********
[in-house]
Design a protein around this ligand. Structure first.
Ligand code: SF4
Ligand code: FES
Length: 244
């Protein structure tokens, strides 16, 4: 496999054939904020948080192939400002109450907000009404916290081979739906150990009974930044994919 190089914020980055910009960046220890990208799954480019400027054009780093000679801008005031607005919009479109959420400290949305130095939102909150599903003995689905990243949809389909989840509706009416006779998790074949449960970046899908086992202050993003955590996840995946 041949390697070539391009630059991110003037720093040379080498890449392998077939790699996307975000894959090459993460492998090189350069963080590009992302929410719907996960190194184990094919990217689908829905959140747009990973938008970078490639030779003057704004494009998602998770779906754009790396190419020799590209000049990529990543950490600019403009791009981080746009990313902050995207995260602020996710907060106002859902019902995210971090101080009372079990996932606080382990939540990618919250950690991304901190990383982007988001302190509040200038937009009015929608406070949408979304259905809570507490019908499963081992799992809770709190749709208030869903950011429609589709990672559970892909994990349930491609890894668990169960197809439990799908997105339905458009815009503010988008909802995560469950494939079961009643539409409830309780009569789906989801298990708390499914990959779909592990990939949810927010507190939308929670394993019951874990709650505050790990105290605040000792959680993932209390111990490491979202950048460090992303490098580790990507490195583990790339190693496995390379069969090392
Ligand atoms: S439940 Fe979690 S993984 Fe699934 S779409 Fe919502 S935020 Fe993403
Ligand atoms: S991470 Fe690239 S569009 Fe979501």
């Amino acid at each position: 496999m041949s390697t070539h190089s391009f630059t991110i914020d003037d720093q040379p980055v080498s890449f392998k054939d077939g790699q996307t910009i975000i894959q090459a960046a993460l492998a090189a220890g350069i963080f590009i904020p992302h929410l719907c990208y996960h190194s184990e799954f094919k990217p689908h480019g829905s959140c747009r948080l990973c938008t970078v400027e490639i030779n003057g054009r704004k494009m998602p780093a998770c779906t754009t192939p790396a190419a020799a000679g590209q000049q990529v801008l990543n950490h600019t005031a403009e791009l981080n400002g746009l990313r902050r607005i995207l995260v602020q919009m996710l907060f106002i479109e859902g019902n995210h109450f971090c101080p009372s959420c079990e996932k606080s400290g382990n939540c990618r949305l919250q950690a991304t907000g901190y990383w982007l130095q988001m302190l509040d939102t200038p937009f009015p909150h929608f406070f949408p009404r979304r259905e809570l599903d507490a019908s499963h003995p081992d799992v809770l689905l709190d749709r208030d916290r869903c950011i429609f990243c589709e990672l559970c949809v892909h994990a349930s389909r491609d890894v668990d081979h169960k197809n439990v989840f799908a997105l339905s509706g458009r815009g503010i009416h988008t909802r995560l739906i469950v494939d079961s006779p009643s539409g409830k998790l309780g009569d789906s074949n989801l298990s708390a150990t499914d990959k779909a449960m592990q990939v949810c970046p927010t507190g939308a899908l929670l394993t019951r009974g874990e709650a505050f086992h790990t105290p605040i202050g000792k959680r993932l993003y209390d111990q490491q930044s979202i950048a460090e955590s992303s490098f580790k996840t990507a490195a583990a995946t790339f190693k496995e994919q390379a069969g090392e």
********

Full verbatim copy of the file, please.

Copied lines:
[in-house]
Design a protein around this ligand. Structure first.
Ligand code: SF4
Ligand code: FES
Length: 244
């Protein structure tokens, strides 16, 4: 496999054939904020948080192939400002109450907000009404916290081979739906150990009974930044994919 190089914020980055910009960046220890990208799954480019400027054009780093000679801008005031607005919009479109959420400290949305130095939102909150599903003995689905990243949809389909989840509706009416006779998790074949449960970046899908086992202050993003955590996840995946 041949390697070539391009630059991110003037720093040379080498890449392998077939790699996307975000894959090459993460492998090189350069963080590009992302929410719907996960190194184990094919990217689908829905959140747009990973938008970078490639030779003057704004494009998602998770779906754009790396190419020799590209000049990529990543950490600019403009791009981080746009990313902050995207995260602020996710907060106002859902019902995210971090101080009372079990996932606080382990939540990618919250950690991304901190990383982007988001302190509040200038937009009015929608406070949408979304259905809570507490019908499963081992799992809770709190749709208030869903950011429609589709990672559970892909994990349930491609890894668990169960197809439990799908997105339905458009815009503010988008909802995560469950494939079961009643539409409830309780009569789906989801298990708390499914990959779909592990990939949810927010507190939308929670394993019951874990709650505050790990105290605040000792959680993932209390111990490491979202950048460090992303490098580790990507490195583990790339190693496995390379069969090392
Ligand atoms: S439940 Fe979690 S993984 Fe699934 S779409 Fe919502 S935020 Fe993403
Ligand atoms: S991470 Fe690239 S569009 Fe979501």
């Amino acid at each position: 496999m041949s390697t070539h190089s391009f630059t991110i914020d003037d720093q040379p980055v080498s890449f392998k054939d077939g790699q996307t910009i975000i894959q090459a960046a993460l492998a090189a220890g350069i963080f590009i904020p992302h929410l719907c990208y996960h190194s184990e799954f094919k990217p689908h480019g829905s959140c747009r948080l990973c938008t970078v400027e490639i030779n003057g054009r704004k494009m998602p780093a998770c779906t754009t192939p790396a190419a020799a000679g590209q000049q990529v801008l990543n950490h600019t005031a403009e791009l981080n400002g746009l990313r902050r607005i995207l995260v602020q919009m996710l907060f106002i479109e859902g019902n995210h109450f971090c101080p009372s959420c079990e996932k606080s400290g382990n939540c990618r949305l919250q950690a991304t907000g901190y990383w982007l130095q988001m302190l509040d939102t200038p937009f009015p909150h929608f406070f949408p009404r979304r259905e809570l599903d507490a019908s499963h003995p081992d799992v809770l689905l709190d749709r208030d916290r869903c950011i429609f990243c589709e990672l559970c949809v892909h994990a349930s389909r491609d890894v668990d081979h169960k197809n439990v989840f799908a997105l339905s509706g458009r815009g503010i009416h988008t909802r995560l739906i469950v494939d079961s006779p009643s539409g409830k998790l309780g009569d789906s074949n989801l298990s708390a150990t499914d990959k779909a449960m592990q990939v949810c970046p927010t507190g939308a899908l929670l394993t019951r009974g874990e709650a505050f086992h790990t105290p605040i202050g000792k959680r993932l993003y209390d111990q490491q930044s979202i950048a460090e955590s992303s490098f580790k996840t990507a490195a583990a995946t790339f190693k496995e994919q390379a069969g090392e």